Even with negotiators for the 12-nation Trans-Pacific Partnership (TPP) talks gathered last week in Hawaii, progress on this critical agreement to growing ag exports remains stalled by the lack of U.S. trade promotion authority (TPA). 

Several negotiating partners, including Canada and Japan, have publicly stated they will not put their final negotiating positions on the table until Congress grants TPA for the Obama Administration. With a presidential election looming in the United States, further delay creates a real risk of TPP being delayed until 2017.

TPA remains stalled, however, in the Senate Finance Committee. Early this year, trade watchers were hopeful legislation would be introduced with bipartisan support and move through the Committee in February. It now appears that April 1 may be the earliest date for introduction, with the scheduled Easter recess postponing floor consideration even further.

TPA has traditionally been employed by administrations of both political parties to negotiate major trade agreements. Much of the bargaining in such agreements is extremely sensitive politically on all sides, and negotiators are unwilling to make difficult concessions without a guarantee that what is agreed to will remain in the final text. TPA provides that any final agreement reached by U.S. negotiators will be voted up or down by Congress as a package, without amendment. It thus assures negotiators from other countries that a “final deal” reached with the U.S. will indeed remain final.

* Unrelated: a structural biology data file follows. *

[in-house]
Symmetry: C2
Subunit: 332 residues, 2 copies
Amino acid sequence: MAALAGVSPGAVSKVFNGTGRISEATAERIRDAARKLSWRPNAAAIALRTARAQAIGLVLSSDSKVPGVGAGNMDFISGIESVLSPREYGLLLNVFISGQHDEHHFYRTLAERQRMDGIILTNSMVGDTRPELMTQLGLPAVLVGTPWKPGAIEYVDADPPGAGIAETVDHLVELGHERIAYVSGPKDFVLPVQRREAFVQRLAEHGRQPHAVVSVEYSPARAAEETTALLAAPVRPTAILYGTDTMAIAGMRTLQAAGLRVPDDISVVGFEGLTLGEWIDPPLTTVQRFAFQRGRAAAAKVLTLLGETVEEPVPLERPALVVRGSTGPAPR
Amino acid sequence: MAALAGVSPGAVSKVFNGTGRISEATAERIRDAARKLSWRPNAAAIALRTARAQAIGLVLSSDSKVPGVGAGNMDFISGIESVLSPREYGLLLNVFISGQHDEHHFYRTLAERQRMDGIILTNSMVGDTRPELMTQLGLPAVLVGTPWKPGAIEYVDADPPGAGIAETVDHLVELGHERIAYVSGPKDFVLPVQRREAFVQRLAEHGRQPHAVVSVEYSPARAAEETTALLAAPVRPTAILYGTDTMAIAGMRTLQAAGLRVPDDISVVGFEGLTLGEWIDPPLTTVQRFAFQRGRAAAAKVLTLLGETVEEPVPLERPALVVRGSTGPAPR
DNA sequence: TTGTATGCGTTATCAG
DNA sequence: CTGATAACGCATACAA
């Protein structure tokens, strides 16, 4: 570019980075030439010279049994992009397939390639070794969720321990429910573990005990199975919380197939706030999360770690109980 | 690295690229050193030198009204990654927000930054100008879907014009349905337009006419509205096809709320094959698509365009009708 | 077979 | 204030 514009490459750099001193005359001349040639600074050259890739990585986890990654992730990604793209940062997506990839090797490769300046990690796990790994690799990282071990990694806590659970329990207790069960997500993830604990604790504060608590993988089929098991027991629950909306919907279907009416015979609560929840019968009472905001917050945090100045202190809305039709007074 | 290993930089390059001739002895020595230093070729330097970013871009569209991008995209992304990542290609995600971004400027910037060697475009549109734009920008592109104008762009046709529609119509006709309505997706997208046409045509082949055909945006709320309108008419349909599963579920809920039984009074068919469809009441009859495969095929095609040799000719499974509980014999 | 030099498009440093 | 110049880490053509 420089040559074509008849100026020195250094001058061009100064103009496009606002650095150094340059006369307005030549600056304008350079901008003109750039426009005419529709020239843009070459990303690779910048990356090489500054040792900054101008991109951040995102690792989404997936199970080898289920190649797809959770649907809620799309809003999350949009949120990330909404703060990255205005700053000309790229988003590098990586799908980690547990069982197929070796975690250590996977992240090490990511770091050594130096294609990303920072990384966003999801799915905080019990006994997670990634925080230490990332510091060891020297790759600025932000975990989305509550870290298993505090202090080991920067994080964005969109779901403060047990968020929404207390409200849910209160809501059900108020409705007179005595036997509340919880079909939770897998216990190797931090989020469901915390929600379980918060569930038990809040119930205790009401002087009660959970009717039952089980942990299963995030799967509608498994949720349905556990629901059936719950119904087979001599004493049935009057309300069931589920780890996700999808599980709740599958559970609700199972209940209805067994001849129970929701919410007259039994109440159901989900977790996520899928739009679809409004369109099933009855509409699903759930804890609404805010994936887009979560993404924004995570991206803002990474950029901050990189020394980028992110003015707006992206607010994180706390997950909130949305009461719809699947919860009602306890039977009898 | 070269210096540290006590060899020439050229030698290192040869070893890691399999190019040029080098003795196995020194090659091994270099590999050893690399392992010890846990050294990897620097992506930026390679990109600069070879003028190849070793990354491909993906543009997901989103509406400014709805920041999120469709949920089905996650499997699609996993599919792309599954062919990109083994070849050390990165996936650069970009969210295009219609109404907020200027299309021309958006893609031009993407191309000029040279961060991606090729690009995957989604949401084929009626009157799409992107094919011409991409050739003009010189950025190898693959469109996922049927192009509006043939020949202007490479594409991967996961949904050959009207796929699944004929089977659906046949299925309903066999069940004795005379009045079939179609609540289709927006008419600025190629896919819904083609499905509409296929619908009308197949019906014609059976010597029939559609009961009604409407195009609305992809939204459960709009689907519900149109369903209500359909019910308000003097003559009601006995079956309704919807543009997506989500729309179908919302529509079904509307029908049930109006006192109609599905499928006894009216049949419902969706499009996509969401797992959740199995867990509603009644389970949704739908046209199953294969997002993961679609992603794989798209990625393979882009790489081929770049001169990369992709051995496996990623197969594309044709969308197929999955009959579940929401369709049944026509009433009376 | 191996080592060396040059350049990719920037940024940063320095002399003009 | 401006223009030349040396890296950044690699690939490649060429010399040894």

Japan is among the TPP parties that are waiting for TPA, and a final resolution of the long-standing bilateral negotiations between the United States and Japan is widely viewed as the linchpin to concluding the five-year-old TPP talks. The chief negotiators in Hawaii this week are continuing to work, but only seven of 30 chapters are reportedly completed.

A ministerial meeting scheduled for mid-April to strike a final TPP deal is now falling into doubt, but there is considerable pressure to conclude the negotiations by May so Congress can consider an agreement in 2015. At the same time, while the Administration and industry groups are strongly advocating support for TPA, opponents of both trade measures are mounting strong grassroots opposition. Delay in the passage of TPA works to the advantage of those trying to kill a deal.